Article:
Banks play a very important role in modern industrial capitalism; they facilitate and encourage economic activity. It is not surprising that the unprecedented rash of bank failures in the late 1920s and early 1930s contributed significantly to the Great Depression. In the twelve months after the Wall Street crash in 1929, 744 banks went out of business—ten times the number of the previous year. In 1933 alone, a staggering 4,000 banks failed in the United States, with savers and investors losing somewhere in the region of $140 billion.
In those days, deposits weren't insured, so if a bank failed and you had money in that bank, you lost every penny. In turn, this meant that people had less money to spend, leading to a dramatic collapse in demand. The consequences for businesses across the length and breadth of the United States were catastrophic. As there was much less money to spend, businesses were unable to sell their products, and many of them went bust. Inevitably, this meant that millions of workers were laid off, putting a further downward pressure on the already dangerously low level of demand in the economy.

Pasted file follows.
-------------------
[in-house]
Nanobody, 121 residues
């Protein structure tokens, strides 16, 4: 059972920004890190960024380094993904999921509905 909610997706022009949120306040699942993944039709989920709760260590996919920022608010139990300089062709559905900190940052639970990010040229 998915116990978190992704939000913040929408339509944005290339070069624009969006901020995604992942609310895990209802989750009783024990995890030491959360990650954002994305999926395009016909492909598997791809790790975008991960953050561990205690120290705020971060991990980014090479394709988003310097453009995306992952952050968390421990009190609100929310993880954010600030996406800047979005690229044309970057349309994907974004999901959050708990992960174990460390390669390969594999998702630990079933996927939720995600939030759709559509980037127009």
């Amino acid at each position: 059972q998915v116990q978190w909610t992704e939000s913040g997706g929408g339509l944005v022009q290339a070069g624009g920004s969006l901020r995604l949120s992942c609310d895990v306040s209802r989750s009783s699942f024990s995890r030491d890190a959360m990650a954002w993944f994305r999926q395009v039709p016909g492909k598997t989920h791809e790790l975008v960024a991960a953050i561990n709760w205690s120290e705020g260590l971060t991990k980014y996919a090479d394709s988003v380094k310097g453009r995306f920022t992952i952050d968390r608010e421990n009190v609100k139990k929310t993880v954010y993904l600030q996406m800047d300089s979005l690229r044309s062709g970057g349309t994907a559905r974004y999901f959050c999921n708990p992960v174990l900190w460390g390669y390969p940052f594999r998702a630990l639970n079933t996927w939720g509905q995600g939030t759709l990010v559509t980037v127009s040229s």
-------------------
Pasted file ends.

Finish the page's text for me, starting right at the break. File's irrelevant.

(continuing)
Although bank failures may not have caused the Great Depression, they certainly made it a whole lot worse.